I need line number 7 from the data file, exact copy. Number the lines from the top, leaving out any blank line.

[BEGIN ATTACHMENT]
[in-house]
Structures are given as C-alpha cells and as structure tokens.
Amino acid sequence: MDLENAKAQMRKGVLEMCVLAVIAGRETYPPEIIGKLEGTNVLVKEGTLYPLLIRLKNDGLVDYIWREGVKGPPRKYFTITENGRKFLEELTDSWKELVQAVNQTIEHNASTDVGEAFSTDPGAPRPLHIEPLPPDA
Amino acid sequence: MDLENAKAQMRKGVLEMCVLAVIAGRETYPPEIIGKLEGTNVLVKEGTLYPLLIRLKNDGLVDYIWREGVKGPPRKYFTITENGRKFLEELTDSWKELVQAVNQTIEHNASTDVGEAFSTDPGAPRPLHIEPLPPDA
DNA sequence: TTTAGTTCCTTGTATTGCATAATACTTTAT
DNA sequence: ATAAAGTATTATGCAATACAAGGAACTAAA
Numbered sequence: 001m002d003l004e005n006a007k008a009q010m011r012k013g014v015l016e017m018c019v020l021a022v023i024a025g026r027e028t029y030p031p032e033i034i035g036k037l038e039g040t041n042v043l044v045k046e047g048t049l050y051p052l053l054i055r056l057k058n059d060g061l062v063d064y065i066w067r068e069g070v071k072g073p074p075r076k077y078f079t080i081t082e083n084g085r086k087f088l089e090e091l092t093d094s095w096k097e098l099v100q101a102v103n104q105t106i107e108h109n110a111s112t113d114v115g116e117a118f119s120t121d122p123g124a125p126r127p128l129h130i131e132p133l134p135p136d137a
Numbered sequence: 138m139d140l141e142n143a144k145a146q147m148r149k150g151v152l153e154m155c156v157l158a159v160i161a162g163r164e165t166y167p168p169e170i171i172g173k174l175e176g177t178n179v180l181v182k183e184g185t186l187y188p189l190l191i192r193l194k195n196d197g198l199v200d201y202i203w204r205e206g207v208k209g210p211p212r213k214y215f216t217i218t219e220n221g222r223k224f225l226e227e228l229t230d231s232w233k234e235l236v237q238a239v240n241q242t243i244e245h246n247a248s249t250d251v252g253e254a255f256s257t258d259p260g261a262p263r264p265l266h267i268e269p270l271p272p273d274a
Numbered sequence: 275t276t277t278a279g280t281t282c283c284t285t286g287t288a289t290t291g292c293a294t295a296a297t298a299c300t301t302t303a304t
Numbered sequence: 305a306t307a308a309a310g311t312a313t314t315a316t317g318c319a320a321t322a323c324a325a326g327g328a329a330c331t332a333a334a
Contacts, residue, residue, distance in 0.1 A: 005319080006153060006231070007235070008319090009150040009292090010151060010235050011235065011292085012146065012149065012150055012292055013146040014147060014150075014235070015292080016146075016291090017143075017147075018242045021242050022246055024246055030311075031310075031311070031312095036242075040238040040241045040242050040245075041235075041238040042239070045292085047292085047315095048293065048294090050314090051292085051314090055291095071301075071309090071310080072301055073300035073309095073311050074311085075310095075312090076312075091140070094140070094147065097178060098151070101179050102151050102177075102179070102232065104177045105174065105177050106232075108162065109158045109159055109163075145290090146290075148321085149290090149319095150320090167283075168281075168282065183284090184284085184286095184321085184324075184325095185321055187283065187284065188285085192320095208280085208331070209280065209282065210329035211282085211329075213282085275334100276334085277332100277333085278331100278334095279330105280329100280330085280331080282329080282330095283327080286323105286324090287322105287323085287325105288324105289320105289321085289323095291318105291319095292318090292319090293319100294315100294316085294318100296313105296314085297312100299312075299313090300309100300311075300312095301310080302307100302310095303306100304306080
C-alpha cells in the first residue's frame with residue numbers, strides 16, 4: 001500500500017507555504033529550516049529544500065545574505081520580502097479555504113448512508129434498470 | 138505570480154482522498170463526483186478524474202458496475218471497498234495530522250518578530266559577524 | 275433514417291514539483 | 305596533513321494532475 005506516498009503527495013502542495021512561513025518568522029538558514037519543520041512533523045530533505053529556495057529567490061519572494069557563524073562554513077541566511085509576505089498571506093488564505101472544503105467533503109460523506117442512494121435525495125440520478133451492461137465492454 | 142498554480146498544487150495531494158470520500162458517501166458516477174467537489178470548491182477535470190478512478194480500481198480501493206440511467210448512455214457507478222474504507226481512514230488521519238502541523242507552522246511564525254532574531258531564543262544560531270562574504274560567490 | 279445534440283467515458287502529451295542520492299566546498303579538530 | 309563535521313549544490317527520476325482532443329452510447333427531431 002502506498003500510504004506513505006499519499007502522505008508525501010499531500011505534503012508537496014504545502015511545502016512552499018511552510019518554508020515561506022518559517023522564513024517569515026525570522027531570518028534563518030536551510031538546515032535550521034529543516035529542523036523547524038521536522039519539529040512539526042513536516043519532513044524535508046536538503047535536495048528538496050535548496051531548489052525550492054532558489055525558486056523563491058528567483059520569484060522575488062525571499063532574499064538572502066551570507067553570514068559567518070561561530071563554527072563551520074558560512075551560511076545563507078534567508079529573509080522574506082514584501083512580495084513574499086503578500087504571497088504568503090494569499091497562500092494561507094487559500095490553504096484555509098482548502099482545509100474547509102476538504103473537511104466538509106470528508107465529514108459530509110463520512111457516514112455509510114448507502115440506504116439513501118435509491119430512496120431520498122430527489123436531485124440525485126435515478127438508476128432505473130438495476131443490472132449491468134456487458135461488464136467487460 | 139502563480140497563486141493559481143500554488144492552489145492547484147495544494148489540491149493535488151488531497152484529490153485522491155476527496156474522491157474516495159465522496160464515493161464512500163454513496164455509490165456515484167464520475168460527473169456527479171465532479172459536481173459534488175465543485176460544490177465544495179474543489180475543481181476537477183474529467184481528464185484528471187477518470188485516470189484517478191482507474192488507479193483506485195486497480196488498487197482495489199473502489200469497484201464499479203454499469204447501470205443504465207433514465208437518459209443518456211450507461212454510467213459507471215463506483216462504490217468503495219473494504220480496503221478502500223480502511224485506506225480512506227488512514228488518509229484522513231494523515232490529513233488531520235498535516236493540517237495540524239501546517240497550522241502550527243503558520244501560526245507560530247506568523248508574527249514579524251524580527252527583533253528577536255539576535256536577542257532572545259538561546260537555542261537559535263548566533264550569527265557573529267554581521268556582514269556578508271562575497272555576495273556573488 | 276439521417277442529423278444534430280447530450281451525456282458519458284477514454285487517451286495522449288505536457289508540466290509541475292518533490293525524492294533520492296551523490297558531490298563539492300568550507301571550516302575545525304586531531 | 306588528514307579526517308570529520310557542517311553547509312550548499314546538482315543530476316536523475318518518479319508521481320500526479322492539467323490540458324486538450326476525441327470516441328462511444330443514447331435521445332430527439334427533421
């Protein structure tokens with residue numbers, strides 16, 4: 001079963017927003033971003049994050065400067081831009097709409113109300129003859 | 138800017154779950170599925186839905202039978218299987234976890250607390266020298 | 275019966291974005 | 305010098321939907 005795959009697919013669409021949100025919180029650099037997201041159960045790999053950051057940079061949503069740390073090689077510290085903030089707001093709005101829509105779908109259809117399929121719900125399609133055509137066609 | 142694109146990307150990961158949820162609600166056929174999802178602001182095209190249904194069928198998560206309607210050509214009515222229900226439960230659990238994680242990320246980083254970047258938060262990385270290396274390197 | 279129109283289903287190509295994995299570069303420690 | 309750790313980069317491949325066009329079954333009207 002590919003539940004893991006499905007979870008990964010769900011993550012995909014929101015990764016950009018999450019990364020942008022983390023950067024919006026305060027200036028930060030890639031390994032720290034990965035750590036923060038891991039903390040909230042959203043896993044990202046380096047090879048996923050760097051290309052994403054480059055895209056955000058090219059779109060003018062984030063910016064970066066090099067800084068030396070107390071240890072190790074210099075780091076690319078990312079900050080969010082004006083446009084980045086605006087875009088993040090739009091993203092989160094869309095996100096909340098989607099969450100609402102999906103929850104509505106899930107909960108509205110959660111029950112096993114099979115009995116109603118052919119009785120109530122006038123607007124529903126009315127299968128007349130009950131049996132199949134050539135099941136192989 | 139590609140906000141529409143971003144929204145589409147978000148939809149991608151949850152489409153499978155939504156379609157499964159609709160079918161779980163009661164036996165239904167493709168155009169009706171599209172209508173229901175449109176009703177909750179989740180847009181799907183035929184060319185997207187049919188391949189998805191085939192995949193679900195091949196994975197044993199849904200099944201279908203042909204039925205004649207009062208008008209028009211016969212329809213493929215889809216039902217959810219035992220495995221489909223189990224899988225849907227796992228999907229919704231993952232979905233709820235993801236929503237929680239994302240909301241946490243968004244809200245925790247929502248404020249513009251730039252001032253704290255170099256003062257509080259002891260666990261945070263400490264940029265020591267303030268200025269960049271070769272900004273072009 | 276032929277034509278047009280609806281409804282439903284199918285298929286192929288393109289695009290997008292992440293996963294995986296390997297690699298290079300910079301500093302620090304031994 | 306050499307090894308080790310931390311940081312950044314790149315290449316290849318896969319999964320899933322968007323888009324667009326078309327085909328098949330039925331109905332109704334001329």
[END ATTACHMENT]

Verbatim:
Numbered sequence: 001m002d003l004e005n006a007k008a009q010m011r012k013g014v015l016e017m018c019v020l021a022v023i024a025g026r027e028t029y030p031p032e033i034i035g036k037l038e039g040t041n042v043l044v045k046e047g048t049l050y051p052l053l054i055r056l057k058n059d060g061l062v063d064y065i066w067r068e069g070v071k072g073p074p075r076k077y078f079t080i081t082e083n084g085r086k087f088l089e090e091l092t093d094s095w096k097e098l099v100q101a102v103n104q105t106i107e108h109n110a111s112t113d114v115g116e117a118f119s120t121d122p123g124a125p126r127p128l129h130i131e132p133l134p135p136d137a